16. Harissa

Harissa is a fiery sauce that is of Tunisian cuisine. It is mainly made from roasted red peppers and added garlic, coriander seeds, cumin, spices, and herbs. The sauce is oil soluble and for this reason, blends seamlessly into stews and soups. Harissa varies in levels of hotness depending on the peppers used and may have a smoky flavor to it. Unless you have a liking for chili, you may want to use it cautiously.

17. Habanero pepper

On the SHU (Scoville Heat Units) scale, habanero ranks as one of the hottest peppers. It ranges between 100,000-350,000SHU. It is no wonder it makes a fit choice while making hot sauces, dips, and spicy ingredients.

When young, habanero pepper takes to a green color which later turns red upon maturing. Purple and white variations exist too depending on the geographical location.

18. Hoisin sauce

This is a type of sauce whose key ingredient is fermented soybean paste. Other supplementary ingredients include peppers, garlic, fennel, and sugar substrate. It is dark in color and has nice thick consistency along with a fragrant scent. Hoisin sauce is commonly used as a meat glaze owing to its conspicuous salt and sugar taste. Other times it is used in stews or as a side dip.

What’s the Difference Between Hoisin Sauce vs Oyster Sauce

19. Havarti cheese

Cheese, as we know, is a dairy product derived from milk. In this case, Harvati cheese comes from the milk of the Danish cow breed. It has a semi-soft texture that you can easily slice through with a knife. Flavor-wise, it has a mild nutty taste which sets in as a result of the aging process. Unlike other cheese types, Havarti is aged for exactly 3 months. This causes holes in it.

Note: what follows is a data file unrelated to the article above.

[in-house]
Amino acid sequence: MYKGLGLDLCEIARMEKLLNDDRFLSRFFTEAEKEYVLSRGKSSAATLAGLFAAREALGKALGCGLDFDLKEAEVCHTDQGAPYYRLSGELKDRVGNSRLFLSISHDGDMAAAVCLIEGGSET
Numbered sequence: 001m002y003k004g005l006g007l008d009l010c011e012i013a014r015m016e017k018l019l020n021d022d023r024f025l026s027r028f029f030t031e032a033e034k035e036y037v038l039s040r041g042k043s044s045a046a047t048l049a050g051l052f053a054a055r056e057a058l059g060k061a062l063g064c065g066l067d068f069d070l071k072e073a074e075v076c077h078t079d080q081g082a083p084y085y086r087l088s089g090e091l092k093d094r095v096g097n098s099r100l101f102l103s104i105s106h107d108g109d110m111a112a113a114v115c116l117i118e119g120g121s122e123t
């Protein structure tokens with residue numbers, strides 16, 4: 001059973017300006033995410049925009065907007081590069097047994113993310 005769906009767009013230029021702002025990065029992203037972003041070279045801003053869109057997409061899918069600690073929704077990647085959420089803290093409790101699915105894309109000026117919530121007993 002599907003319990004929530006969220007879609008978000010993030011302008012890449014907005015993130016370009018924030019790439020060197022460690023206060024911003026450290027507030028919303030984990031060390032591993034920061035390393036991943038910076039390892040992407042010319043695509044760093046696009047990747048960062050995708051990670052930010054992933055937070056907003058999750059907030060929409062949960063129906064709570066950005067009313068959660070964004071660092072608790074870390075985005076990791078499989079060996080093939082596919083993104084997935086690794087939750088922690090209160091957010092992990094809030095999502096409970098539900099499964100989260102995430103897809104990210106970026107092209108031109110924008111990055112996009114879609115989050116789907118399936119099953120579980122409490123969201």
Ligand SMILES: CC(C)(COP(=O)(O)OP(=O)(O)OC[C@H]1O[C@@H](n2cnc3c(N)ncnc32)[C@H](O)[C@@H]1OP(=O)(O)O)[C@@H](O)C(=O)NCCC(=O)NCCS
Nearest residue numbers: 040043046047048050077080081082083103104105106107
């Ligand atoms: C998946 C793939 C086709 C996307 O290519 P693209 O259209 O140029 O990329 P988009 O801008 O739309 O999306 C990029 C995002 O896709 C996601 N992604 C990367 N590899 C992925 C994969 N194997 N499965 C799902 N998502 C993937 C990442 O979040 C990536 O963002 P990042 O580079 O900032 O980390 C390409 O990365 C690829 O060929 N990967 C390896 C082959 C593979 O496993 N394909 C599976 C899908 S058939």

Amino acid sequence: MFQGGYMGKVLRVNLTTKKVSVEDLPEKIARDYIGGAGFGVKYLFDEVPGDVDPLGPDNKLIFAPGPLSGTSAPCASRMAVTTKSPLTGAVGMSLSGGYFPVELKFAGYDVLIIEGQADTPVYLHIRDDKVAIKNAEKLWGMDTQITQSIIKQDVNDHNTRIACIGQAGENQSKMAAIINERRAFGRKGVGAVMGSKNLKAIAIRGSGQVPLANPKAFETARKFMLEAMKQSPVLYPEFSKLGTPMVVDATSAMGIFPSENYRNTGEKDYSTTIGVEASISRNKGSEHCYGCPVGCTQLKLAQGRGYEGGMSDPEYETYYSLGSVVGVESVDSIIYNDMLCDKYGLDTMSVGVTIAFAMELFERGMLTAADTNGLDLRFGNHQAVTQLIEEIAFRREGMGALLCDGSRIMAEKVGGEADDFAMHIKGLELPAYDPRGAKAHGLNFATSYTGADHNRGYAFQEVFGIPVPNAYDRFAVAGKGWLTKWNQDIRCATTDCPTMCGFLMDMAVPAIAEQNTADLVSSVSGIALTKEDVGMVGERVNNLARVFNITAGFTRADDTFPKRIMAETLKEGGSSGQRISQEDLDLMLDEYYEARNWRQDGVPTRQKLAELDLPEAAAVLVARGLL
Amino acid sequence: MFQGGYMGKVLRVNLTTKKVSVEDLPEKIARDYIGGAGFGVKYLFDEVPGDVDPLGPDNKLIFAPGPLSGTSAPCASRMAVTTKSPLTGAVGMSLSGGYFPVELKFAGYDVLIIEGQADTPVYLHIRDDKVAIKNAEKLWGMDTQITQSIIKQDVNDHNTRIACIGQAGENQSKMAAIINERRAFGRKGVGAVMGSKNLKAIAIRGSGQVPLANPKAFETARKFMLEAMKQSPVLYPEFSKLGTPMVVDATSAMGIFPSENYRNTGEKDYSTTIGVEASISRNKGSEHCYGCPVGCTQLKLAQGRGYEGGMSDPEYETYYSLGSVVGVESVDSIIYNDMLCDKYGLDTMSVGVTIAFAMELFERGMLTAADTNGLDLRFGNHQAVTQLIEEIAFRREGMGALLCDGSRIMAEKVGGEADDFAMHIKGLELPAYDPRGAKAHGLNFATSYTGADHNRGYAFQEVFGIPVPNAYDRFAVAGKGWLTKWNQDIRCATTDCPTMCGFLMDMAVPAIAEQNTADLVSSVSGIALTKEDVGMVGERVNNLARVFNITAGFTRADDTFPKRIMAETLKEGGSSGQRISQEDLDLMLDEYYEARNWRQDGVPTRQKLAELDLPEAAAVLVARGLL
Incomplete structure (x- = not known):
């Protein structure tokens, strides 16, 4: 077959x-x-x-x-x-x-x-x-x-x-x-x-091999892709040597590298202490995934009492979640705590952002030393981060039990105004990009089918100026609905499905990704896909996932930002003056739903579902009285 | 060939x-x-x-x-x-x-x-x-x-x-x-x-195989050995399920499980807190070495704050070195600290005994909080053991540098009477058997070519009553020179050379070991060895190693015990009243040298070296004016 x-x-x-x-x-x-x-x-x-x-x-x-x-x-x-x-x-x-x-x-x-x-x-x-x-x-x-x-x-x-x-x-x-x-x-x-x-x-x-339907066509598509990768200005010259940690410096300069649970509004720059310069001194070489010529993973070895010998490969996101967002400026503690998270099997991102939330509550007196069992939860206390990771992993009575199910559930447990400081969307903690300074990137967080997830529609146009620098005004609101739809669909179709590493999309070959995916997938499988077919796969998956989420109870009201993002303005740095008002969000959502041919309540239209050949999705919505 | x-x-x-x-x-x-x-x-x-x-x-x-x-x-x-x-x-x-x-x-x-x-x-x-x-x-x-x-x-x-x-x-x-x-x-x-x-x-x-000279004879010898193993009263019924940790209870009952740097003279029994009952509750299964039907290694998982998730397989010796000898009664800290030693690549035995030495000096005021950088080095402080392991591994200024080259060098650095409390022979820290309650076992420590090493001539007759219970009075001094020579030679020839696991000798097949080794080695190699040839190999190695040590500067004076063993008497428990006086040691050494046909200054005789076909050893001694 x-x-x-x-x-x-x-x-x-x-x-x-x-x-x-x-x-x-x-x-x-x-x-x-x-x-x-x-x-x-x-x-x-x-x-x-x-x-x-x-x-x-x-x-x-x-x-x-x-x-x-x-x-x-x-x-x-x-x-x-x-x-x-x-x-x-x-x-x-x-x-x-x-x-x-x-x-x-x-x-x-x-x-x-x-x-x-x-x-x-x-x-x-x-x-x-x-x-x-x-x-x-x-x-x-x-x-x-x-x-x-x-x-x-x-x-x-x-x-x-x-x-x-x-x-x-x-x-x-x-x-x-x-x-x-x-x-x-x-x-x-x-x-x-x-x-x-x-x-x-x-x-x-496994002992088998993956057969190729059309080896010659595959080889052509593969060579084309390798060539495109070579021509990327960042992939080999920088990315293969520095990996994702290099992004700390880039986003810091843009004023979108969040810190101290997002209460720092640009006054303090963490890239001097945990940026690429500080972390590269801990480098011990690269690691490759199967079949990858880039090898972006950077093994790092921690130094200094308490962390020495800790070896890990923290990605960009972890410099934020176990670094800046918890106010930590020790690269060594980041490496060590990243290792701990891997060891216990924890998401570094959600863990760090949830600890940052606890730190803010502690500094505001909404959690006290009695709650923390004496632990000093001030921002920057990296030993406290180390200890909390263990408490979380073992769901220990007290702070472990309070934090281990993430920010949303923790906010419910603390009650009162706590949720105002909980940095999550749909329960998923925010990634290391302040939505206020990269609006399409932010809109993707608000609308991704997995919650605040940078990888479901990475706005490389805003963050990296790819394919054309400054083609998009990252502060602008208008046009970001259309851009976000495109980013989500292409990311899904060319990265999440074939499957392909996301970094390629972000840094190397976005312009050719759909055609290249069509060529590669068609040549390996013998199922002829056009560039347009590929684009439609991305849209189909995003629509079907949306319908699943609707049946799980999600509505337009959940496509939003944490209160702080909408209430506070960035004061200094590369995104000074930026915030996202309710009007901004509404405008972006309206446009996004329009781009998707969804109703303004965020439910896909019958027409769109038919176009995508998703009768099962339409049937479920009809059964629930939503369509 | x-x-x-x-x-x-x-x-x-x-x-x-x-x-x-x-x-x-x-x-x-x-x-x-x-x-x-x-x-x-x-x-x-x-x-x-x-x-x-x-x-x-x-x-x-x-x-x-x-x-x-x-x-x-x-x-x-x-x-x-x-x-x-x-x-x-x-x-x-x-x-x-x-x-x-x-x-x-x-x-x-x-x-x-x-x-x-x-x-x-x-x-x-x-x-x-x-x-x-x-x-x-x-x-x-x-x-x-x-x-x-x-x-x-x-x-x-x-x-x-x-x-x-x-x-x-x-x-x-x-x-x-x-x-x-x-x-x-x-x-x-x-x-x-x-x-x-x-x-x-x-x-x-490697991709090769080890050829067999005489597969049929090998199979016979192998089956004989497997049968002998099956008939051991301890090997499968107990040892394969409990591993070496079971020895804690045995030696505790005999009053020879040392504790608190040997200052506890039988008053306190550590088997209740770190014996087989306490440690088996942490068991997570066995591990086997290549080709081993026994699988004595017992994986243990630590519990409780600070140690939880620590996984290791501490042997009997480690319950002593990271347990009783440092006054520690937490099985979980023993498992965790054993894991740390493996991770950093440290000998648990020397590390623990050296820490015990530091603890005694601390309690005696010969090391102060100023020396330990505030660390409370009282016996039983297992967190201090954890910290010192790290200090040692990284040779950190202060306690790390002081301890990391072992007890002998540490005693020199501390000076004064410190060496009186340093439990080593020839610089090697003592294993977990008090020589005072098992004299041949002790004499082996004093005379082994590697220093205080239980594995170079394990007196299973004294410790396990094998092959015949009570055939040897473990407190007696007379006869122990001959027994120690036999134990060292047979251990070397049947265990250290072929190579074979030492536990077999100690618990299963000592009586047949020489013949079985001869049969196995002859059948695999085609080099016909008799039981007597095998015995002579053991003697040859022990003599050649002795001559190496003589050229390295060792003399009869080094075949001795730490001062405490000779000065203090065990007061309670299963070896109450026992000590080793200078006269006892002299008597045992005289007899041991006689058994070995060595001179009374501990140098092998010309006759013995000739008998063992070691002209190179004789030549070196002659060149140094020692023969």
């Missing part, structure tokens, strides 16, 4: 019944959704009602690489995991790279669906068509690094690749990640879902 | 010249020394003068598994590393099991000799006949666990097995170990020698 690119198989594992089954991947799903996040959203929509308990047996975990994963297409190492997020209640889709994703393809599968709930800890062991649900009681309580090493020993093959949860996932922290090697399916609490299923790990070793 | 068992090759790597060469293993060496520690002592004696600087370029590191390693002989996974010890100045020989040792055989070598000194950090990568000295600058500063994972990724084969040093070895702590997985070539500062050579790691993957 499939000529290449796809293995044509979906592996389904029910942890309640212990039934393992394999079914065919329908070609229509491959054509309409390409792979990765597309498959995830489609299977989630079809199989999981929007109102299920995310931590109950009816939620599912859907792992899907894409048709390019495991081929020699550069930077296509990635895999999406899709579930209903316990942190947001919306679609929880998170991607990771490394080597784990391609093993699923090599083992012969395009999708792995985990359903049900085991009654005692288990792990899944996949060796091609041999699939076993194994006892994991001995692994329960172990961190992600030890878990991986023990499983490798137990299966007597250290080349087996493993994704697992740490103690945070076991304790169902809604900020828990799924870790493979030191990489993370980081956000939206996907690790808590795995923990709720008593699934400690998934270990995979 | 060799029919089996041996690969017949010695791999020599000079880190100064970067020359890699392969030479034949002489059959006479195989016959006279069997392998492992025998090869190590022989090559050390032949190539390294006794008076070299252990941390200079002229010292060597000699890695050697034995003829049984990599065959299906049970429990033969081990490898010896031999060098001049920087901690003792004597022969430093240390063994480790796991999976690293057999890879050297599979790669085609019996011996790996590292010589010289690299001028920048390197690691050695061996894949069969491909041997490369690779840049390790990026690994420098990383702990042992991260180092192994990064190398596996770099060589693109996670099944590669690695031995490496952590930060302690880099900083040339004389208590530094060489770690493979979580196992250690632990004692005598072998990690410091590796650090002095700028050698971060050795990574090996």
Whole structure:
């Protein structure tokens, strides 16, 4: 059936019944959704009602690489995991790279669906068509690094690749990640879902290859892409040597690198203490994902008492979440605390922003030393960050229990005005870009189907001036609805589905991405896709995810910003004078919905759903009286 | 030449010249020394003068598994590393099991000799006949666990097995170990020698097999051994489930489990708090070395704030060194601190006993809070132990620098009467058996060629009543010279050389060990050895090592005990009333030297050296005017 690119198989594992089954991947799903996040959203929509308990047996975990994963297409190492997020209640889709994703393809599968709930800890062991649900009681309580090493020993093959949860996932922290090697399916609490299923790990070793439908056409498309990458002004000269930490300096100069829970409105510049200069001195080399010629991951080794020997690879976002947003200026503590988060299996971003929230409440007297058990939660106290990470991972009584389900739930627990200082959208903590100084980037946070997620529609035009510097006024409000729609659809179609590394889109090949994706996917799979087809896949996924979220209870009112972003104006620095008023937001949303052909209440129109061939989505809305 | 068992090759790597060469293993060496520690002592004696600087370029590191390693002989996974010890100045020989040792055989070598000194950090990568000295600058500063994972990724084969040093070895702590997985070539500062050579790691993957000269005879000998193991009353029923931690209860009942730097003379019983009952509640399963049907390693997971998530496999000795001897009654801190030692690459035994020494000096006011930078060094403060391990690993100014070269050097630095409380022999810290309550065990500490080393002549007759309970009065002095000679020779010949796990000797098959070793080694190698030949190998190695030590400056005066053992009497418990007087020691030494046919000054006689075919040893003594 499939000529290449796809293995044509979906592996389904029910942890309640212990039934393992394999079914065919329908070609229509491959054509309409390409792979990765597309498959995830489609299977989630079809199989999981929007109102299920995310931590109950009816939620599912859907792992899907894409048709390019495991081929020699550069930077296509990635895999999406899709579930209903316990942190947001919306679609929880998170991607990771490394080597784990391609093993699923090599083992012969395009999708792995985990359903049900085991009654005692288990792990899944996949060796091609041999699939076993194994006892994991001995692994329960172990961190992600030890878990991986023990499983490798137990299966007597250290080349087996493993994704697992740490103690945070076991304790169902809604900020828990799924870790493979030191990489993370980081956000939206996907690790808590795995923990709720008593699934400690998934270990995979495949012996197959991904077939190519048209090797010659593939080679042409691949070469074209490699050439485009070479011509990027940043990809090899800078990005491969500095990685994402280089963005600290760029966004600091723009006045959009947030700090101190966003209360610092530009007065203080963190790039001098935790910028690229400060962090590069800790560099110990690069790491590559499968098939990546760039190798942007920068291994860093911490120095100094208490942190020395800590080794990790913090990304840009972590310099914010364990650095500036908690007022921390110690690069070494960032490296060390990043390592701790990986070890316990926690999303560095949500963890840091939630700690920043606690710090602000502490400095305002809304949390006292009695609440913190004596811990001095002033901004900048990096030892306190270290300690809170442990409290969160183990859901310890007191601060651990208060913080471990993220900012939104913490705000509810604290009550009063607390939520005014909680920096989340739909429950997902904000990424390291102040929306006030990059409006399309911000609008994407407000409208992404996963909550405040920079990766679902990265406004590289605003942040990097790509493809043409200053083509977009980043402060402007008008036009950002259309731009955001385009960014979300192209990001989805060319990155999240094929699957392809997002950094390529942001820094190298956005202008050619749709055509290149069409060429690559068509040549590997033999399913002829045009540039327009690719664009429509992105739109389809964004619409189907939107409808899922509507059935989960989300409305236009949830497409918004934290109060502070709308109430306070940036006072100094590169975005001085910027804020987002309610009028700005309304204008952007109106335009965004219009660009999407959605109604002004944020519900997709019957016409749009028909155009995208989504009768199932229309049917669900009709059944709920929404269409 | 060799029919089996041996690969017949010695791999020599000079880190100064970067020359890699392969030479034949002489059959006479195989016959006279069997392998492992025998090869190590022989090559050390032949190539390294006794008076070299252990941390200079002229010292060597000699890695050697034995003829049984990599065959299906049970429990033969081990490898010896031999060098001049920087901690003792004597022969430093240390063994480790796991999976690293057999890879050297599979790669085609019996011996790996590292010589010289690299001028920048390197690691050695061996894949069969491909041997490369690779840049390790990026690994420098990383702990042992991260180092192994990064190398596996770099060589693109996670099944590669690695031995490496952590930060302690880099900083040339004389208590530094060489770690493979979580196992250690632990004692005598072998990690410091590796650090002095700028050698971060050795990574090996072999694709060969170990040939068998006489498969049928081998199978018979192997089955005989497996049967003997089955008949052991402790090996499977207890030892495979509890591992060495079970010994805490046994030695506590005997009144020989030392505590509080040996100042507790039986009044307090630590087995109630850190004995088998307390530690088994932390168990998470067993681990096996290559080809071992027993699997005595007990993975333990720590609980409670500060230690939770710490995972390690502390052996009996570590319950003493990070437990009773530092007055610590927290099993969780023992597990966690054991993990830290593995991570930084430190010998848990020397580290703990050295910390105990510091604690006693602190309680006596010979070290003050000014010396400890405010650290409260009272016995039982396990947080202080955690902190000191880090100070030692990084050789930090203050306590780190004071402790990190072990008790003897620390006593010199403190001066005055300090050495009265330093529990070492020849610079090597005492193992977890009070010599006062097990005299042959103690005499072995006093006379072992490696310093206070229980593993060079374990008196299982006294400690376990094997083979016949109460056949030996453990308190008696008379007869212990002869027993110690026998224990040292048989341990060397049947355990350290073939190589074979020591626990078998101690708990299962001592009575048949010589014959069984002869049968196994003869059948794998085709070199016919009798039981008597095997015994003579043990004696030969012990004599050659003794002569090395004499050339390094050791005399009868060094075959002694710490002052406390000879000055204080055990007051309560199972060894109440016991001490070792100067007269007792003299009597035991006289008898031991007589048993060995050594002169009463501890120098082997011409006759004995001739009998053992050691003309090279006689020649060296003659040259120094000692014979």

20. Headcheese

Despite the name, this is not dairy cheese. On the contrary, it is a kind of meat jelly made with flesh from the head of calves or pigs. The dish originates from Europe and you will often hear locals refer to it as a jellied loaf. The dish is usually eaten cold after being cut and cubed like cheese. And as for the taste, it has a string porky flavor very similar to what bacon tastes like.

21. Hash browns

Simply, these are deep-fried mashed potatoes with a crisp golden covering on the outside. The secret ingredient lies in how well you grate your potatoes. Very thin slices result in mushy hash browns, while large ones conversely come off undone. Shape your potato batter, proceed to coat with egg wash, and fry. The dish is rich in starch and is a standard breakfast option.

Final Thoughts

There you have it! How many of these foods have you tried, and how many more did you learn? Let us know in the comments section. We’ll be glad to hear from you!

Similar Posts

Leave a Reply

Your email address will not be published.